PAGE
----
Have you thought about how you’ll be able to complete important tasks during power blackouts? You’ll need to eat, drink, stay warm, sleep and even entertain yourself. It’s easy to take these simple things for granted when you have electricity, but you need to be prepared to do them without power. Here’s how to prepare for blackouts:
Decide on Where to Meet
If everyone is at home during a blackout then you won’t need to worry about getting your family together in one location. However, if family members are scattered at different locations, you’ll need to agree ahead of time where to meet. Your home may be the ultimate destination, but you might need to meet somewhere else first before you travel there. Come up with a plan to meet in a safe location, such as a close friend’s house or your workplace. Then come up with plan B and plan C, in case it’s impossible to get to certain places during a blackout.
Plan Who to Call
You may not be able to make local calls during a blackout. Choose a relative or friend who lives out-of-state for everyone to call. This is a way for everyone to “check in” and notify each other of where they’re located, if they can’t get to the designated meeting place. You should ask your contact ahead of time if they would be willing to be a point of contact during emergencies. It’s important to choose someone who is reliable and easy to reach.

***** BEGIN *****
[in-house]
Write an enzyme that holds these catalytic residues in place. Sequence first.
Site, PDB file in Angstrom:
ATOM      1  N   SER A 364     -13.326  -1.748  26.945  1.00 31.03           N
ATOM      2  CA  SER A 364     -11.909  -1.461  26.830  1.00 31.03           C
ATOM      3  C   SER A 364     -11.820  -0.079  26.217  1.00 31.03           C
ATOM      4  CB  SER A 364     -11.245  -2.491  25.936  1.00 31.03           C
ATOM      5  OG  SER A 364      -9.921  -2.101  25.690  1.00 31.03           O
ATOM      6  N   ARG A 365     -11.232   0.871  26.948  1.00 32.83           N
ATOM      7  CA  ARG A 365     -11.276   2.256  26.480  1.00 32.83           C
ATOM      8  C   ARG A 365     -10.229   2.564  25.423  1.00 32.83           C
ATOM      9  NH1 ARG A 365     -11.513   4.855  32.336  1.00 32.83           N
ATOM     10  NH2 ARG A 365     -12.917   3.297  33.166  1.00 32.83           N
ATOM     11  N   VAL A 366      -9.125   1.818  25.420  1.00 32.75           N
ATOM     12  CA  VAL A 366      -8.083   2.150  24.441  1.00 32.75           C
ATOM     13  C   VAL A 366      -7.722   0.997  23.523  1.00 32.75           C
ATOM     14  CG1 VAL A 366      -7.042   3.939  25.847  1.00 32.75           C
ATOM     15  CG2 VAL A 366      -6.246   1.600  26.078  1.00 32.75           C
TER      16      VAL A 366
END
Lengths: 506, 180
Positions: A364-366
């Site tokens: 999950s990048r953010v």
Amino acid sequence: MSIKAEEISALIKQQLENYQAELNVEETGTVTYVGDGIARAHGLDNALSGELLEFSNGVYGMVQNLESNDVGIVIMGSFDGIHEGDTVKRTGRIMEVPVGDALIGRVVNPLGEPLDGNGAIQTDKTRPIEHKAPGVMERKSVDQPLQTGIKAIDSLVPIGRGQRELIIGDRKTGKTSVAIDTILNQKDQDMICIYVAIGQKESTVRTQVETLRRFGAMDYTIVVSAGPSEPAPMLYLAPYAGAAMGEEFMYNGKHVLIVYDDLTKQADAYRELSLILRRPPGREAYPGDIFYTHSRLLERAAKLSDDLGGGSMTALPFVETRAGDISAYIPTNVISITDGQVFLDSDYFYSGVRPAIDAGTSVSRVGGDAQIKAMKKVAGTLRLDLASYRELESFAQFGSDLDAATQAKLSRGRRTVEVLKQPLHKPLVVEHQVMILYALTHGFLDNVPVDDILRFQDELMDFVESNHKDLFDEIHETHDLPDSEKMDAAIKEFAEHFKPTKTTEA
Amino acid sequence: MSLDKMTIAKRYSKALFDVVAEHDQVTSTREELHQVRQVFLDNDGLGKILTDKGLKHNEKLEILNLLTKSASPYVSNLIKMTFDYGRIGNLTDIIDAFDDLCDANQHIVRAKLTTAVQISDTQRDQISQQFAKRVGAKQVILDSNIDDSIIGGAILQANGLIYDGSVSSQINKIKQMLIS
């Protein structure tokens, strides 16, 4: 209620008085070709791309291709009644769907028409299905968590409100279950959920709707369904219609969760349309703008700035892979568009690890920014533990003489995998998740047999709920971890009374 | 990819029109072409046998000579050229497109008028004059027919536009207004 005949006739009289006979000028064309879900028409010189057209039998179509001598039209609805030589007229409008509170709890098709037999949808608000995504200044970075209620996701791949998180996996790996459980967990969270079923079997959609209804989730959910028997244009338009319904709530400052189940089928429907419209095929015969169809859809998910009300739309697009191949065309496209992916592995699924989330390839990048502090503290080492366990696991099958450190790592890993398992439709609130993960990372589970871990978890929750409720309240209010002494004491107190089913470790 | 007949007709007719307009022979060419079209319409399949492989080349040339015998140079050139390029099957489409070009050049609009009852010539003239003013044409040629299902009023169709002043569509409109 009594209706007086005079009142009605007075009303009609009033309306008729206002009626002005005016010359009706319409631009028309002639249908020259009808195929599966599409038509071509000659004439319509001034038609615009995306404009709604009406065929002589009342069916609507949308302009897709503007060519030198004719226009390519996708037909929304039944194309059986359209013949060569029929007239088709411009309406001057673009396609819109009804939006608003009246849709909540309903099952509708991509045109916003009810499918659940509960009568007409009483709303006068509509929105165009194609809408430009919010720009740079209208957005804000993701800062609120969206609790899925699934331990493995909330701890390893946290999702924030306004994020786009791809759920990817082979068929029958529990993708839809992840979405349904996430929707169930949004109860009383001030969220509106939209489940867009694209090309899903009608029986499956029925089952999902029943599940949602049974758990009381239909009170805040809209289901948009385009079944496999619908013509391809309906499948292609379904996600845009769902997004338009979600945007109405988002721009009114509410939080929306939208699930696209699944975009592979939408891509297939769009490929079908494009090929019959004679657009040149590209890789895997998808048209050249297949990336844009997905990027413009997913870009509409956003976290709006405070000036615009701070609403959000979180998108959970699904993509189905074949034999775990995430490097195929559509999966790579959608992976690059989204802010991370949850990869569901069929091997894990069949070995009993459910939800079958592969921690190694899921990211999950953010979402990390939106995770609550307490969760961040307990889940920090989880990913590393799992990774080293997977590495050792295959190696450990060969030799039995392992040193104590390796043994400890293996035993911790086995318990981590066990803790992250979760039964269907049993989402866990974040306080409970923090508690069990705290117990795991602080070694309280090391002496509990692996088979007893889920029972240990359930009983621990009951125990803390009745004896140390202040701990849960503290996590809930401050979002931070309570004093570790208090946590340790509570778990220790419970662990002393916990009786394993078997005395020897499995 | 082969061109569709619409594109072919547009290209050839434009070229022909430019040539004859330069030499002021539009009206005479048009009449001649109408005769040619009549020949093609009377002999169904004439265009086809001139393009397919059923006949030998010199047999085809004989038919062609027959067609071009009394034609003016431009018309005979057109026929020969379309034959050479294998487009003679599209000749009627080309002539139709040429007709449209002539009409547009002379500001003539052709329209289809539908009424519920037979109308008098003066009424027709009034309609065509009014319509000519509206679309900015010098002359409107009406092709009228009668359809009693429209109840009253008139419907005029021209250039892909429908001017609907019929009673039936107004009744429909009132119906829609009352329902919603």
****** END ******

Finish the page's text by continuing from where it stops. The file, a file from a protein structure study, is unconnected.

Store Wool Blankets
If your only heating source is an electrical heating system, you won’t be able to warm yourself if a blackout occurs during the winter. One way to guard against losing body heat is to store wool blankets, which retain more body heat than other blankets available. Cotton blankets don’t store heat well, and won’t dry in cold weather if they get wet. If you can’t afford to buy (or can’t find) a 100% wool blanket, at least buy a wool blend.
Get an AM/FM Receiver
You don’t want to miss any announcements and news about the blackouts. How will you know what’s going on if you can’t turn on the television or radio? You can get updates with a hand-cranked AM/FM receiver. You don’t need batteries or electricity to operate these. Just crank one up, and you’ll be able to hear weather reports and other communications about any blackouts.
Buy an Emergency Backup Generator
You won’t have to worry about blackouts as much if you have a generator. However, it may not be a viable (or legal) option for you if you live in an apartment or an urban area.
If you can use an emergency backup generator, it’s a good idea to buy one for blackouts. These require gas, diesel, propane or solar power to operate, and provide you with electricity when your power company can’t. You can buy a temporary, portable generator or get a licensed electrician to install a regular one directly into your home’s electrical system.
How you prepare for blackouts is dependent on your location and unique family circumstances. However, everyone can benefit and be better prepared by following the above steps.